1. The facts of this case are as follows : A previous karnavan of the plaintiff's tarwad granted a kanom of Rs. 12,000 and odd to one Thappan Nayar on the nth May 1896 and subsequently on the 30th of June 1902 executed a puramkadam deed for Rs. 1,350, under which the original term of 12 years granted in 1896 was extended for another 12 years from 1908. Thappan Nayar was, accordingly, entitled to hold the property until 1920. Subsequently, Thappan Nayar transferred Rs. 6,000 of the kanom to defendants 1 to 3, the 1st defendant being the wife of Raman Nayar and the daughter of Thappan Nayar. The remainder of the kanom passed to Raman Nayar, the husband of the 1st defendant. In 1914 the 10th defendant, who had then become the karnavan, executed two demises one in ravour of Raman Nayar and one in favour of defendants 1 to 3. These demises renewed the existing tenure for a period of 12 years from their date, namely, until 1926. The plaintiff, the the senior anandravan of the tarwad, has now brought suits to set aside these demises as not being binding on the tarwad. The case against Raman Nayar had already been disposed of and we are now only conceYned with the demise in favour of defendants 1 to 3. In the lower court the plaintiff's suit has been dismissed and he appeals.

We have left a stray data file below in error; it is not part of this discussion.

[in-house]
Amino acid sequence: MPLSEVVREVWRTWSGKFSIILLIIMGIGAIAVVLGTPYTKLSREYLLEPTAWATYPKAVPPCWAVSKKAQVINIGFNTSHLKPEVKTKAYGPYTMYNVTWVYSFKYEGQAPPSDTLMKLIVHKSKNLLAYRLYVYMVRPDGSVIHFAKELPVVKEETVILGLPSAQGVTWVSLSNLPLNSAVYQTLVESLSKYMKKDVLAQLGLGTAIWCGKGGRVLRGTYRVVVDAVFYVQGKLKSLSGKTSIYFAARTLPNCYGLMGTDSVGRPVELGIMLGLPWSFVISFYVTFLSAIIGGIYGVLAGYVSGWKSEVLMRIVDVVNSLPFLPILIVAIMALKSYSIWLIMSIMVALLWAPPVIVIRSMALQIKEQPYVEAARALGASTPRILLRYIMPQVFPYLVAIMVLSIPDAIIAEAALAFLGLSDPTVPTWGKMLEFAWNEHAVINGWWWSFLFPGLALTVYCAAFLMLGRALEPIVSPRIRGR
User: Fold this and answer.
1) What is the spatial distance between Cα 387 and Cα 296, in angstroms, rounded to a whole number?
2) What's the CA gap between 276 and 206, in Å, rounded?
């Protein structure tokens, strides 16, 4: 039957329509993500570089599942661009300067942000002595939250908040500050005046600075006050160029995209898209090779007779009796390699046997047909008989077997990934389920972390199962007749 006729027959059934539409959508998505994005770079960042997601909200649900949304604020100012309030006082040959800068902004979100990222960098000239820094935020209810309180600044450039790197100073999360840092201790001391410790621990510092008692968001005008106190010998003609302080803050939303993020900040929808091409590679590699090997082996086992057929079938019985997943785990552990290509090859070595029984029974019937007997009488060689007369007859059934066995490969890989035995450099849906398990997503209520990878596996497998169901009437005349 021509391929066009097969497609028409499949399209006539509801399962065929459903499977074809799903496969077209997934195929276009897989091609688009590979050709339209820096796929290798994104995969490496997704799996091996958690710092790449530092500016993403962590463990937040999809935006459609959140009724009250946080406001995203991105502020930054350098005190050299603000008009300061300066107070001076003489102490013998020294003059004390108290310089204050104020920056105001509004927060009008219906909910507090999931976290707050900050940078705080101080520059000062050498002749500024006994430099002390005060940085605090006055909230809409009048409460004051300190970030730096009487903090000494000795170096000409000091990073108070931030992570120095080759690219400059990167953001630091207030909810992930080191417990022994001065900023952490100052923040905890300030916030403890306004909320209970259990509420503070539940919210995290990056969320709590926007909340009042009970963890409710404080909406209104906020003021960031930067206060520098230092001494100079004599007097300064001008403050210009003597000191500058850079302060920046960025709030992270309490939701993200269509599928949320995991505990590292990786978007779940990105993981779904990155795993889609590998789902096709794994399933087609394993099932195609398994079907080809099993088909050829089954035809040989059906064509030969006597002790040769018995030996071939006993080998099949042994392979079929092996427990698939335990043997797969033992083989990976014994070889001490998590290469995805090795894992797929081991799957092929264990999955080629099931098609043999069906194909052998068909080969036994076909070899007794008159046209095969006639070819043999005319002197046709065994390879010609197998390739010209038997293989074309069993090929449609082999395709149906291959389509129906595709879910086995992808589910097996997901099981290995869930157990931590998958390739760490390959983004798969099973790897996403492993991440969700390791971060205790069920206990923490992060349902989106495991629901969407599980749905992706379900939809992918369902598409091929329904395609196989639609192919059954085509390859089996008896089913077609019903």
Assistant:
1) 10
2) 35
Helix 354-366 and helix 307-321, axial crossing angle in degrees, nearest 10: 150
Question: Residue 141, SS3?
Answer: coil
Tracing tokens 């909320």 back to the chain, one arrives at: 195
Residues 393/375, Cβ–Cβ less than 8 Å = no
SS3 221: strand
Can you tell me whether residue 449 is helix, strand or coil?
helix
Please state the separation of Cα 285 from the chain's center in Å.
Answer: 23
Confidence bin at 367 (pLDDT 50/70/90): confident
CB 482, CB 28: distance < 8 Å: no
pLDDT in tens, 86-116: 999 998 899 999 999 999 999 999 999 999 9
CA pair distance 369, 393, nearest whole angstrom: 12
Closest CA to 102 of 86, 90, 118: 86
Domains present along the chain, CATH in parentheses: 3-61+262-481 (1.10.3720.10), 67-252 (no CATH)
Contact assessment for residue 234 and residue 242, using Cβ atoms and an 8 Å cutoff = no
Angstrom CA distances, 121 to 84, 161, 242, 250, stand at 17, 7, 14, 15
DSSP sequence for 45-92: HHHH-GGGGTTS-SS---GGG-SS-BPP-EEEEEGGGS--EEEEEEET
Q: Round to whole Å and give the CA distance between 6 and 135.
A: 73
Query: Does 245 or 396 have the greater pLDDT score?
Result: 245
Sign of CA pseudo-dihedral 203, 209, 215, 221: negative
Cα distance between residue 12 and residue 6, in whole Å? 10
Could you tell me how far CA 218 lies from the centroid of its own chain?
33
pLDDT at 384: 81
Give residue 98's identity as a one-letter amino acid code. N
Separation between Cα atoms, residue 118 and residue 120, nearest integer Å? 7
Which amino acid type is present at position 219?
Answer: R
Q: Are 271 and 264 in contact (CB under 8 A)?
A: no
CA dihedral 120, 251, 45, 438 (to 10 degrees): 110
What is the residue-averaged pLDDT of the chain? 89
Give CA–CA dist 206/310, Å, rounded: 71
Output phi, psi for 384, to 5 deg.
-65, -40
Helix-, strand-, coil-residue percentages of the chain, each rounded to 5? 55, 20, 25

2. It has been consistently held in this Court that a renewal of a kanom by a karnavan before the expiry of its period, when such renewal is to take effect from the date of expiry, is not valid, unless it is shown to be for necessity, and it is the appellant's contention that the plaint demise, is, in effect, a renewal of the puramkadam deed granted in 1914 for a period of. 6 years from 1920, and that, therefore, unless the necessity for the transaction is proved it is not valid and binding on the tarwad. The case is not, however, quite so clear as that, for in all cases of renewal a fee is payable by the tenant to the tarwad varying in amount according to circumstances. Ordinarily, therefore, the renewal fee is payable every 12 years and in this case the tarwad would not have been entitled to a renewal fee until 1920, whereas a fee of Rs. 500 for this document was received by the karnavan in 1914, although the prior demise for which also a fee had been paid did not expire until 1920. The practical effect of the demise, therefore, is that the tenant has the right to hold the property for an additional 6 years but has, in fact, paid a renewal fee for 12 years. The tarwad loses the right to redeem for a period of 6 years but gains what is, in effect, the renewal fee payable for 6 years.